A wonderful tribute to him from his granddaughter on twitter here:

https://twitter.com/hannahmmalcolm/status/1250778555505655808

Phoenix

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Re: The 2020 melting season
« Reply #378 on: April 19, 2020, 10:13:58 PM »


I'm trying to get some sense of the process which creates the crack. In that regard, I'm wondering if the fast ice is frozen all the way down to the sea floor? It's shallow there and a frozen continent in winter might have the means to freeze the water beneath.

It's not the ESS, but there is a nice schematic of the break up process over at Barrow (Utqiagvik) Alaska on this link.

https://seaice.alaska.edu/gi/observatories/barrow_breakup/

The fast ice there is supported by grounded pressure ridges. But some years the pressure ridges can be unreliable. I imagine it is something similar in ESS, only extended out further ?

That's a great link Niall, thank you !!

From the image it appears that the pressure ridge is a barrier to incoming warm current. I confess that I have zero clue as to why an ice ridge would form instead of freezing all the way to the coast. The image shows the ridge extended away from the coast. The area between the ridge and the coast is depicted as surface fast ice over water. Why that section wouldn't freeze all the way to the ocean floor is a mystery.

Anybody? 

oren

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Re: The 2020 melting season
« Reply #379 on: April 19, 2020, 10:42:47 PM »
Ice growth rates are not high enough to freeze all the way to the bottom. During a season new ice can reach maybe 2m, the thicker the ice the slower the growth. But ice floes being stood sideways due to pressure from the pack (and counterforce from the shore) can reach the bottom.

Glen Koehler

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Re: The 2020 melting season
« Reply #380 on: April 20, 2020, 12:12:13 AM »
And I can't recall any source that tracks melt ponding quantitatively, though looking at Worldview shows a telltale bluish color when melt ponding is widespread.
  Neven discussed visual estimates of melt pond prevalence on the ASI blog a few years ago.  It seems like a tool was being developed but never really arrived.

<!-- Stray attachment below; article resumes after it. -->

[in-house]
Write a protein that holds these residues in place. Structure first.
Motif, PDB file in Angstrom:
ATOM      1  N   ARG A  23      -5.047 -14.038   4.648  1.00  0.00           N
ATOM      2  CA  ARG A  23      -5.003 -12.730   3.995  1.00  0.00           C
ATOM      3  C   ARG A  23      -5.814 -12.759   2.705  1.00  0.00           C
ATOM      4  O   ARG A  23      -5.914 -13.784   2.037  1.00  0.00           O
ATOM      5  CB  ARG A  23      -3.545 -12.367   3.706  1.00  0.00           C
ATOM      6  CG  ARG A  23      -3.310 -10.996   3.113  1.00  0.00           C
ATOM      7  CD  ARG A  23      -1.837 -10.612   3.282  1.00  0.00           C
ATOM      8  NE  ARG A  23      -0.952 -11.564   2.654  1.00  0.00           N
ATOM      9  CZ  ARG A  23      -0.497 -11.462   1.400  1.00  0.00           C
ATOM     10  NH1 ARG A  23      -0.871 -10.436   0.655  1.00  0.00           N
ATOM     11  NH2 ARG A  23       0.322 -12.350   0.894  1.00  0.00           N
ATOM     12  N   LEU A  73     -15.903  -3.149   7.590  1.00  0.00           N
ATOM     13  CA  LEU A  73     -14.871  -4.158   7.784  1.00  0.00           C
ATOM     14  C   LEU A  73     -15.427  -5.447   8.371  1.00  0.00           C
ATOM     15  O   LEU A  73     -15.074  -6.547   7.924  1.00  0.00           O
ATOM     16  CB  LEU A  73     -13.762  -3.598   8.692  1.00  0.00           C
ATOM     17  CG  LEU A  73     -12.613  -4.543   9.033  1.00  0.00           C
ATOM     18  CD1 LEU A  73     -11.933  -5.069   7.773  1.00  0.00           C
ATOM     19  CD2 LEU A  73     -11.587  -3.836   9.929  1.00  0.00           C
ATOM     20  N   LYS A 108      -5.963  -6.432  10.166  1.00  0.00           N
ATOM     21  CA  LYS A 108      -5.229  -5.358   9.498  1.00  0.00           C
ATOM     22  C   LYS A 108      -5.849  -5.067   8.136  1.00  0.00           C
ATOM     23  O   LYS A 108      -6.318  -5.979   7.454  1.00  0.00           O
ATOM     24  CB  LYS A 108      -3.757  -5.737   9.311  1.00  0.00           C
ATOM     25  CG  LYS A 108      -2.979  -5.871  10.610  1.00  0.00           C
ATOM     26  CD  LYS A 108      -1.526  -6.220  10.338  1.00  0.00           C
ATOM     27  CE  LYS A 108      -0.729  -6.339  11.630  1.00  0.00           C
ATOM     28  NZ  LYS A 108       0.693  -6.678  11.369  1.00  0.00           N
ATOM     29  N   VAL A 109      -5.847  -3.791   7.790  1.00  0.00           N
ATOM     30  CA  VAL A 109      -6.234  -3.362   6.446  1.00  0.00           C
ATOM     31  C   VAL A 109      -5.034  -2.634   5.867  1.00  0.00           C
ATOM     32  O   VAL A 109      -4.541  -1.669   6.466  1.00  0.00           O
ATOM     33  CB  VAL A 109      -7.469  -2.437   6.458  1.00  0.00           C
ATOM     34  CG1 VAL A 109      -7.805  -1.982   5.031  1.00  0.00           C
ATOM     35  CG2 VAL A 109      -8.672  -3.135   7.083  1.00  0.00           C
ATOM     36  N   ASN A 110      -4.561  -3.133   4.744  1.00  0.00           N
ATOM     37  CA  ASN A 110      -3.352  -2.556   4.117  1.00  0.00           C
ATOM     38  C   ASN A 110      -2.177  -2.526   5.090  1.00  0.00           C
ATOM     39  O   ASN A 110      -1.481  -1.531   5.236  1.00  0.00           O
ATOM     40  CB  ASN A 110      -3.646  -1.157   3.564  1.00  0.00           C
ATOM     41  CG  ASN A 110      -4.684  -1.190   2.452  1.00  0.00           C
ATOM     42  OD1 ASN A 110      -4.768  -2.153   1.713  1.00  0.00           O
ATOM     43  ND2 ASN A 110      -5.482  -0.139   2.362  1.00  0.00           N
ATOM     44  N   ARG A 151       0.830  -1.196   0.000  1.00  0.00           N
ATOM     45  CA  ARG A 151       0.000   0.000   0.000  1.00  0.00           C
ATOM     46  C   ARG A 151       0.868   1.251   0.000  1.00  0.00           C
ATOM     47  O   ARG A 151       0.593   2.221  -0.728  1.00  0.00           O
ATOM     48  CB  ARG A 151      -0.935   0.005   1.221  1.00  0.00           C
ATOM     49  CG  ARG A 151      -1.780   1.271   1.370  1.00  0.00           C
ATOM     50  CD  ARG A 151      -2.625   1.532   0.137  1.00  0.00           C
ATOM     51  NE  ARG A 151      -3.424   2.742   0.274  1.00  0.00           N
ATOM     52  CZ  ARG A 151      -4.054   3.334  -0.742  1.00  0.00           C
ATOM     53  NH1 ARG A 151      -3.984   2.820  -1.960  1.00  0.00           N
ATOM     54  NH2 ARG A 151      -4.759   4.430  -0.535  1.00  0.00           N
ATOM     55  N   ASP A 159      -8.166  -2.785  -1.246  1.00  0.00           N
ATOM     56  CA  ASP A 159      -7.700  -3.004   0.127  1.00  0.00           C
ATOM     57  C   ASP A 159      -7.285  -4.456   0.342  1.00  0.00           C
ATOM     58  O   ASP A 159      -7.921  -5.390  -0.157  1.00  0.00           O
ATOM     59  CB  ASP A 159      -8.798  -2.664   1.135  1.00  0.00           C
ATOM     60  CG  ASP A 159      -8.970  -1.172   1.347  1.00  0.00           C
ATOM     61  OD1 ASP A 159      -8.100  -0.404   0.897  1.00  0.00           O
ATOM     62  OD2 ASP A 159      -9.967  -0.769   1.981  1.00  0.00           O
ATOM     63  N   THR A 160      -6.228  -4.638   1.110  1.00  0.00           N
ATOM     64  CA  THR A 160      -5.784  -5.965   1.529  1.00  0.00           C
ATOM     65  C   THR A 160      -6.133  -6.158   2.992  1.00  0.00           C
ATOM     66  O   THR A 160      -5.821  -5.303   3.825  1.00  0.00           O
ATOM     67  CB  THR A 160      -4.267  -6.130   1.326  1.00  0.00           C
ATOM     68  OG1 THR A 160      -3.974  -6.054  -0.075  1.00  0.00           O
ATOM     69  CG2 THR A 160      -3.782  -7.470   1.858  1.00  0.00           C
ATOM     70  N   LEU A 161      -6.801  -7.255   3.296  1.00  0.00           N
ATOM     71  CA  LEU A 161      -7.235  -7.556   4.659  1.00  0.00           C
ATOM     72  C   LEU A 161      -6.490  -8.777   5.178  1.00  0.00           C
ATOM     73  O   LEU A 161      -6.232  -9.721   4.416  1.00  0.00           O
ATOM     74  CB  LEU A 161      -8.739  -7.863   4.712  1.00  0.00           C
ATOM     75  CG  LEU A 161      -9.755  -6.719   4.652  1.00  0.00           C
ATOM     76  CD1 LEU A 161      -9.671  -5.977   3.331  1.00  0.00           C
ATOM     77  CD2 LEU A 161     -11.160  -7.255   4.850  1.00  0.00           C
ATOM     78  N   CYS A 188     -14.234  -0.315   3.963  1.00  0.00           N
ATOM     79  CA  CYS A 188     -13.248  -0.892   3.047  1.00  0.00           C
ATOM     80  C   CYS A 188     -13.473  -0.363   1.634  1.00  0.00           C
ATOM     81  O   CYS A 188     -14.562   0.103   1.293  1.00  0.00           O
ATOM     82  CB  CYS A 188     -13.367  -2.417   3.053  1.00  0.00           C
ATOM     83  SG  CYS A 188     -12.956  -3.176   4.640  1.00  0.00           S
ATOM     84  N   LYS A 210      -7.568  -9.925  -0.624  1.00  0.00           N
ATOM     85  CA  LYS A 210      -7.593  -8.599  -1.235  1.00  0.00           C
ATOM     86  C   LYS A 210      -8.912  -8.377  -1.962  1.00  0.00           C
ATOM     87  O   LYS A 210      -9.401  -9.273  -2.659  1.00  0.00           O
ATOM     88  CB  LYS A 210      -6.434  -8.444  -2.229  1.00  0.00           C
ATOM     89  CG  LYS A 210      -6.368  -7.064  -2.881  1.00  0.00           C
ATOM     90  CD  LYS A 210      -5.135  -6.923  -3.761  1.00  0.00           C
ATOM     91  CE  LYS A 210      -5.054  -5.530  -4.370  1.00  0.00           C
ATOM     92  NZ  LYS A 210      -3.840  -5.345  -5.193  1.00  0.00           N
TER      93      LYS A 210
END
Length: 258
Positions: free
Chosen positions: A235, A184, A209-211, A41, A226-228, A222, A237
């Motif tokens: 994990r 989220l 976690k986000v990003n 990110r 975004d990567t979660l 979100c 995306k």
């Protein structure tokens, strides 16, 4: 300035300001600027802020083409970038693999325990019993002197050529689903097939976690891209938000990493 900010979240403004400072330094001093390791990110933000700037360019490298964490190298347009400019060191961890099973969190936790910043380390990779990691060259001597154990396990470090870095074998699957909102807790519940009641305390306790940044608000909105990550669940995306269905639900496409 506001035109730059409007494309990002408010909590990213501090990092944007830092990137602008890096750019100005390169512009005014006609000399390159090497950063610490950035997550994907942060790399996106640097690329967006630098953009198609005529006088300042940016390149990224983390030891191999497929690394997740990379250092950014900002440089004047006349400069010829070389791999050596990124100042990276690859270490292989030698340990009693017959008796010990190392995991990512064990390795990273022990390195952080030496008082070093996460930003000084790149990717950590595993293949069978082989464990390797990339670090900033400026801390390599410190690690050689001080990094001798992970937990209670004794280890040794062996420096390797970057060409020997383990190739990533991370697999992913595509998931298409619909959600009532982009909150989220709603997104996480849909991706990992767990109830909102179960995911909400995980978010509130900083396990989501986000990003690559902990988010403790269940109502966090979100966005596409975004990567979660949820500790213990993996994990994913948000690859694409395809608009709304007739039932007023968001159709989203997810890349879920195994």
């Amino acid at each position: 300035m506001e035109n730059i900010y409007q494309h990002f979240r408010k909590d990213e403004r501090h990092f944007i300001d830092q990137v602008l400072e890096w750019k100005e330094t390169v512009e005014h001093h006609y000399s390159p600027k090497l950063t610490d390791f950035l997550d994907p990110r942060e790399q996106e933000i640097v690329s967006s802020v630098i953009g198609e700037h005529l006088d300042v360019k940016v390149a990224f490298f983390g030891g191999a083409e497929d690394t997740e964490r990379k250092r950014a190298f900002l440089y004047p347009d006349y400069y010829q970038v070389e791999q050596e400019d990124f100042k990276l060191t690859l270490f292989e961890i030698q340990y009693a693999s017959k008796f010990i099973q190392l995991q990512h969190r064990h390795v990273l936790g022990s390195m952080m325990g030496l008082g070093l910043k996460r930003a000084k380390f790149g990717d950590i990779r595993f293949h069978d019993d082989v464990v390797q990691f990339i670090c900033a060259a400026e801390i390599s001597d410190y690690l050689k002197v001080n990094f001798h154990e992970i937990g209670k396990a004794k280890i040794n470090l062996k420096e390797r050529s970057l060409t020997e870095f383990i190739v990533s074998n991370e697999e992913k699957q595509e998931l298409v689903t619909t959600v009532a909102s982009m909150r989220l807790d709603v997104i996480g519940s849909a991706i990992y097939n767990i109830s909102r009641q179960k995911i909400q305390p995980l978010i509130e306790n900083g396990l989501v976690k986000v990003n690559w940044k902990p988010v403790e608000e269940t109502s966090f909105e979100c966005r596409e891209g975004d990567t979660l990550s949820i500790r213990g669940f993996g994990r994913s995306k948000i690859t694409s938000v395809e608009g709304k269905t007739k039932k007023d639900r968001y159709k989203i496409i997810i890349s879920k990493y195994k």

This from: https://neven1.typepad.com/blog/2014/04/more-on-melt-ponds.html#more
-------------------
Neven asks - "How difficult is it to create near real-time melt pond cover fraction data that can be compared to other melting seasons in the 2007-2013 period?"

We may not be that far away. One of the papers currently in discussion at The Cryosphere Discuss is Sea ice melt pond fraction estimation from dual-polarisation C-band SAR – Part 1: In situ observations (R. K. Scharien, J. Landy, and D. G. Barber).
http://www.the-cryosphere-discuss.net/8/805/2014/tcd-8-805-2014.pdf
Posted by: Kevin O'Neill | April 27, 2014 at 01:09
-------------------

And this
https://neven1.typepad.com/blog/2016/07/2016-melting-momentum-part-3.html?cid=6a0133f03a1e37970b01b7c87b7ac1970b#comment-6a0133f03a1e37970b01b7c87b7ac1970b
« Last Edit: April 20, 2020, 12:28:13 AM by Glen Koehler »

Phoenix

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Re: The 2020 melting season
« Reply #381 on: April 20, 2020, 12:13:08 AM »
Ice growth rates are not high enough to freeze all the way to the bottom. During a season new ice can reach maybe 2m, the thicker the ice the slower the growth. But ice floes being stood sideways due to pressure from the pack (and counterforce from the shore) can reach the bottom.

So, what are those ridges in the image that Niall shared ? It looks like a vertical wall of ice from  sea floor to surface.  Is that image misleading ?

Big picture, I'm still trying to understand why the ice begins to melt in that particular place. Any enlightenment appreciated.

Niall Dollard

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Re: The 2020 melting season
« Reply #382 on: April 20, 2020, 01:22:00 AM »